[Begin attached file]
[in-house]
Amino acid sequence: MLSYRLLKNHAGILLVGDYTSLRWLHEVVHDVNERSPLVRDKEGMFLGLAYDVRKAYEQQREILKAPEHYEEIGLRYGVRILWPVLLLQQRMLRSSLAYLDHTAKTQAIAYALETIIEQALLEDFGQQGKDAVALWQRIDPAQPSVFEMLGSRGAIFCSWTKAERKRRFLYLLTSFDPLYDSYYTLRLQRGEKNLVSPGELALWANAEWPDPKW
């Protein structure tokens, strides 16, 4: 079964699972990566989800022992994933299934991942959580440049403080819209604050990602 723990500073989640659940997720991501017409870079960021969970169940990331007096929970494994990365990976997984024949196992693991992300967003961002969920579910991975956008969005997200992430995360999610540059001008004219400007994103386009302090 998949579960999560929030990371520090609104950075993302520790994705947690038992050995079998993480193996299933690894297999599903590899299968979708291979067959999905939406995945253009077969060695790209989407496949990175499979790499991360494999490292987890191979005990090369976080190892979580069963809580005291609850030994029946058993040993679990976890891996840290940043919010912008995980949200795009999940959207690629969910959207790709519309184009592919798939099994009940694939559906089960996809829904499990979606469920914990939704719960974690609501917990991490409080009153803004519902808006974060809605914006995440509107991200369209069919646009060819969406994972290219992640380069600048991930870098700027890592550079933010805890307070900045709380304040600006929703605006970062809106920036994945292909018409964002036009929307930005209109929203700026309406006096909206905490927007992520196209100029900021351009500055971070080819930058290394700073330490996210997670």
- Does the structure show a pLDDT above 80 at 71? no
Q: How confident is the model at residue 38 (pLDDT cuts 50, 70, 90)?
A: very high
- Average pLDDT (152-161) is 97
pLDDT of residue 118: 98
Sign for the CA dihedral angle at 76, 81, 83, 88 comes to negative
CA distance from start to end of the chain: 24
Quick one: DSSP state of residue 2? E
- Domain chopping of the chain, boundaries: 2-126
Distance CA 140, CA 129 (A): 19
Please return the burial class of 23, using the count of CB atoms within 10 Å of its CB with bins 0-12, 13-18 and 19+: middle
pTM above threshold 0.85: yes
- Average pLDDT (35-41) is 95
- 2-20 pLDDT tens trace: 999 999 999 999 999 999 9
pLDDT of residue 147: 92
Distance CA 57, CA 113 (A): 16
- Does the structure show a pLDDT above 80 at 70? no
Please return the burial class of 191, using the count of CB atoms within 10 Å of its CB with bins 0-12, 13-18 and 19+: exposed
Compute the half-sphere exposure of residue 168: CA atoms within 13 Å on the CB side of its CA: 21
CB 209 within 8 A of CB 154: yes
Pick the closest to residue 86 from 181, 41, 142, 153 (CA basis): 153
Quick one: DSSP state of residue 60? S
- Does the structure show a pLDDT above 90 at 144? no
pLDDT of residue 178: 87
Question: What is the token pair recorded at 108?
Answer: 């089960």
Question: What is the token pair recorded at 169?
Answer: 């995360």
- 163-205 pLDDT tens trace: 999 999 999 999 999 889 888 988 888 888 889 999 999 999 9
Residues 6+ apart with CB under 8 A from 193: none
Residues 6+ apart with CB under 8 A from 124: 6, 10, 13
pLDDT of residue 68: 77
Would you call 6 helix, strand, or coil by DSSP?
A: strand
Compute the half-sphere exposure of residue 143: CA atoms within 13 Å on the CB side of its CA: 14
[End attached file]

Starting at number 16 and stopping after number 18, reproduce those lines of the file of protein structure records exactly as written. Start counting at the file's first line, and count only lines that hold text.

- Average pLDDT (35-41) is 95
- 2-20 pLDDT tens trace: 999 999 999 999 999 999 9
pLDDT of residue 147: 92